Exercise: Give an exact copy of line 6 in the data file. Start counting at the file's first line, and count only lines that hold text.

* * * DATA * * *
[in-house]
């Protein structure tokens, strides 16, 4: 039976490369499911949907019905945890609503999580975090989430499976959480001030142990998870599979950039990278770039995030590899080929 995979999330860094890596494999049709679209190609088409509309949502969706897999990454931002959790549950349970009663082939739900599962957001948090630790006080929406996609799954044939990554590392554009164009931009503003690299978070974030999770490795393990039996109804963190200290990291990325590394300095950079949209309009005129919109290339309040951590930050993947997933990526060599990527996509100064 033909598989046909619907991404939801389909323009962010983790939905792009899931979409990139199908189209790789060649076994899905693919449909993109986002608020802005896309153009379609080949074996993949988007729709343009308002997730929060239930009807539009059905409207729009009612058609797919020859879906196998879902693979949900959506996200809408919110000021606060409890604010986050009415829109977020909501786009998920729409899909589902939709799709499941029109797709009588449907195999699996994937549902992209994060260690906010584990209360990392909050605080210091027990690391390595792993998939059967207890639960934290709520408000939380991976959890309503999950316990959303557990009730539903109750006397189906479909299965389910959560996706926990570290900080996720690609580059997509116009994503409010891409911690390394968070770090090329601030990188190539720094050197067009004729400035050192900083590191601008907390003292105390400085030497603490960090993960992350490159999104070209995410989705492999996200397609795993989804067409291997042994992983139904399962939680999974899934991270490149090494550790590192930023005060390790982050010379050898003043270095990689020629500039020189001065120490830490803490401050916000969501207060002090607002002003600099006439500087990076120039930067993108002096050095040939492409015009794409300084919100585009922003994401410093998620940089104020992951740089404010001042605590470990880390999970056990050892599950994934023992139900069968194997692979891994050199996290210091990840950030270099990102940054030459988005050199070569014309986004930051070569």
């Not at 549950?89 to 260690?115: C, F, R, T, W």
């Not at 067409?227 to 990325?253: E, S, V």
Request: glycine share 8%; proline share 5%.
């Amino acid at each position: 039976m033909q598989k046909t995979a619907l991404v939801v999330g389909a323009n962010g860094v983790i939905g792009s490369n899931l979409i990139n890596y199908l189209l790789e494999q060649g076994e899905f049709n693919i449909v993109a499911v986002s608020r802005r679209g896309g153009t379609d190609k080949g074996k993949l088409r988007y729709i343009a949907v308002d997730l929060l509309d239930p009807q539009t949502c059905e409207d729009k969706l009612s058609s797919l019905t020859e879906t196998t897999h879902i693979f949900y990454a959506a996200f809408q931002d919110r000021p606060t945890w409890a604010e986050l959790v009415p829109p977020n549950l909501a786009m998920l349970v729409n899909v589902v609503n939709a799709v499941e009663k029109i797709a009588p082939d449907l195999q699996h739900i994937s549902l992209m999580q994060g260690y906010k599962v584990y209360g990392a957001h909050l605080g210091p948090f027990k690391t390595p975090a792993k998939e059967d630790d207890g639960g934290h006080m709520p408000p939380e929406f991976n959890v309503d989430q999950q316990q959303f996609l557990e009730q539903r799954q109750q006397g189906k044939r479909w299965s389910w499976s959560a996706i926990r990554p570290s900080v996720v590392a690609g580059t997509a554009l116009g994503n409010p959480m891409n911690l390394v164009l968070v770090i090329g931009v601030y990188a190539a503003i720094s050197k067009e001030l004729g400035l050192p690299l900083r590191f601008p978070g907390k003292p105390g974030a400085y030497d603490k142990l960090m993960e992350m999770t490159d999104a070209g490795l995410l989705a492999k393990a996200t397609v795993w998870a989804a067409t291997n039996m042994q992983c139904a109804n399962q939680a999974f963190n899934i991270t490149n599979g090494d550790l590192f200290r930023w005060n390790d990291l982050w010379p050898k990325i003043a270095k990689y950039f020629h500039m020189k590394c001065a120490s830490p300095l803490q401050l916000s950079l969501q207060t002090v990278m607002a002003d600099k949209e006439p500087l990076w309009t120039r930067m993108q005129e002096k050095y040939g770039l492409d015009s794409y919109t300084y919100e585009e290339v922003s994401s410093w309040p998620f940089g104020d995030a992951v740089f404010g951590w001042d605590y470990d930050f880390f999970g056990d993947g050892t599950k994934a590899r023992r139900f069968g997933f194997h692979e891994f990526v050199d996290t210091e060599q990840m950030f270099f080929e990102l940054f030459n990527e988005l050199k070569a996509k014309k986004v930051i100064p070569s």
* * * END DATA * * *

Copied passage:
């Amino acid at each position: 039976m033909q598989k046909t995979a619907l991404v939801v999330g389909a323009n962010g860094v983790i939905g792009s490369n899931l979409i990139n890596y199908l189209l790789e494999q060649g076994e899905f049709n693919i449909v993109a499911v986002s608020r802005r679209g896309g153009t379609d190609k080949g074996k993949l088409r988007y729709i343009a949907v308002d997730l929060l509309d239930p009807q539009t949502c059905e409207d729009k969706l009612s058609s797919l019905t020859e879906t196998t897999h879902i693979f949900y990454a959506a996200f809408q931002d919110r000021p606060t945890w409890a604010e986050l959790v009415p829109p977020n549950l909501a786009m998920l349970v729409n899909v589902v609503n939709a799709v499941e009663k029109i797709a009588p082939d449907l195999q699996h739900i994937s549902l992209m999580q994060g260690y906010k599962v584990y209360g990392a957001h909050l605080g210091p948090f027990k690391t390595p975090a792993k998939e059967d630790d207890g639960g934290h006080m709520p408000p939380e929406f991976n959890v309503d989430q999950q316990q959303f996609l557990e009730q539903r799954q109750q006397g189906k044939r479909w299965s389910w499976s959560a996706i926990r990554p570290s900080v996720v590392a690609g580059t997509a554009l116009g994503n409010p959480m891409n911690l390394v164009l968070v770090i090329g931009v601030y990188a190539a503003i720094s050197k067009e001030l004729g400035l050192p690299l900083r590191f601008p978070g907390k003292p105390g974030a400085y030497d603490k142990l960090m993960e992350m999770t490159d999104a070209g490795l995410l989705a492999k393990a996200t397609v795993w998870a989804a067409t291997n039996m042994q992983c139904a109804n399962q939680a999974f963190n899934i991270t490149n599979g090494d550790l590192f200290r930023w005060n390790d990291l982050w010379p050898k990325i003043a270095k990689y950039f020629h500039m020189k590394c001065a120490s830490p300095l803490q401050l916000s950079l969501q207060t002090v990278m607002a002003d600099k949209e006439p500087l990076w309009t120039r930067m993108q005129e002096k050095y040939g770039l492409d015009s794409y919109t300084y919100e585009e290339v922003s994401s410093w309040p998620f940089g104020d995030a992951v740089f404010g951590w001042d605590y470990d930050f880390f999970g056990d993947g050892t599950k994934a590899r023992r139900f069968g997933f194997h692979e891994f990526v050199d996290t210091e060599q990840m950030f270099f080929e990102l940054f030459n990527e988005l050199k070569a996509k014309k986004v930051i100064p070569s």